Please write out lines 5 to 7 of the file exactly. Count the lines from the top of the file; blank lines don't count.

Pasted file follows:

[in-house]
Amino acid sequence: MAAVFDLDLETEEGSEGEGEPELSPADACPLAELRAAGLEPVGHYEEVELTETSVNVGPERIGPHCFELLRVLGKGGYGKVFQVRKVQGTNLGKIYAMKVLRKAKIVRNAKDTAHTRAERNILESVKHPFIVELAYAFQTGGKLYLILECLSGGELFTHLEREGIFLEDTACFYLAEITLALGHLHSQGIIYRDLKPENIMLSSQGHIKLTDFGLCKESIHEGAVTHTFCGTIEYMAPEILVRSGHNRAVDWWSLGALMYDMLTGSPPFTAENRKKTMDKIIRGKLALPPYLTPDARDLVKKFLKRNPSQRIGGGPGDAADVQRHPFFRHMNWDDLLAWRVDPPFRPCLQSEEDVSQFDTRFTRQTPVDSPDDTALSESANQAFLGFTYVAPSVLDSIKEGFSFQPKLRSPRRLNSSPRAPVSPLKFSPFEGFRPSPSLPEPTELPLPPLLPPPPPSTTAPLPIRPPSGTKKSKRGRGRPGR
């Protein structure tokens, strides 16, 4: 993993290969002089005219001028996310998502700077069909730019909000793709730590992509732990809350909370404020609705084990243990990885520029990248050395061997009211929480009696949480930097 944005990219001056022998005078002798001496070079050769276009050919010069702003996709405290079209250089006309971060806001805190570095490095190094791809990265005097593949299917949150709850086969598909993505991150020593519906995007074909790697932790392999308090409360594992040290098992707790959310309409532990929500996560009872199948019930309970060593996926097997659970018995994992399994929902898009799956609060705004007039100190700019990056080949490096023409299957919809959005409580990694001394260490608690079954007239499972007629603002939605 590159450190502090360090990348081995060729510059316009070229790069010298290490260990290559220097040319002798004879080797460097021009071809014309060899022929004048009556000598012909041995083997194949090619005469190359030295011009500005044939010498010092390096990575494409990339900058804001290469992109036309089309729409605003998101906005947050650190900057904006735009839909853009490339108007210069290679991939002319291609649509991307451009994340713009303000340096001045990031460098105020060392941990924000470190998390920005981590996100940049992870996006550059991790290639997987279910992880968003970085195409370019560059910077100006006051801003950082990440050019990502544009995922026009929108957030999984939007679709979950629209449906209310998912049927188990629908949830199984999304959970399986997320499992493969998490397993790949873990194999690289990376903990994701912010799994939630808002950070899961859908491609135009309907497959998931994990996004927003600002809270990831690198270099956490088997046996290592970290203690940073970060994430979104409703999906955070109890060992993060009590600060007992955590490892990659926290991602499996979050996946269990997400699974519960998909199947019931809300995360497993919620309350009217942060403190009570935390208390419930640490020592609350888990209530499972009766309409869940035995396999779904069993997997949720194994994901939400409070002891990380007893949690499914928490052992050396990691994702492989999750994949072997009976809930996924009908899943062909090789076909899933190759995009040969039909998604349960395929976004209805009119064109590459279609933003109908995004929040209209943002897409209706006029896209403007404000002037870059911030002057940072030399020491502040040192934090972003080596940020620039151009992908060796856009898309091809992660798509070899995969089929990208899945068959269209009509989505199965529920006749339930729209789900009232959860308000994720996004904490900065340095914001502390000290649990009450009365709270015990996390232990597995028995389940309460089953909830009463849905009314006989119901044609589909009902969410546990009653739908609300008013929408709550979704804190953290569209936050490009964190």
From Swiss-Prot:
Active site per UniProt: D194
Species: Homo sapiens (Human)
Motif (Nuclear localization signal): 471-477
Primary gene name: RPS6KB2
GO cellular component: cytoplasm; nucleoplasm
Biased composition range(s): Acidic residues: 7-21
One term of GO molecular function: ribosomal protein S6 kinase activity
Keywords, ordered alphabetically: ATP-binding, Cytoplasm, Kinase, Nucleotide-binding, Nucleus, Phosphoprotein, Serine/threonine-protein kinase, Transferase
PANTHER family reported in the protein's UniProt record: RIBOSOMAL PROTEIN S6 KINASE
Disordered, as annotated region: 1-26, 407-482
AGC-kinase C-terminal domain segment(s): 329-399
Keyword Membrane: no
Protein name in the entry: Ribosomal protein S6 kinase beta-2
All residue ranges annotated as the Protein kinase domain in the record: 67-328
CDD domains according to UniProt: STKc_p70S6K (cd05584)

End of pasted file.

Active site per UniProt: D194
Species: Homo sapiens (Human)
Motif (Nuclear localization signal): 471-477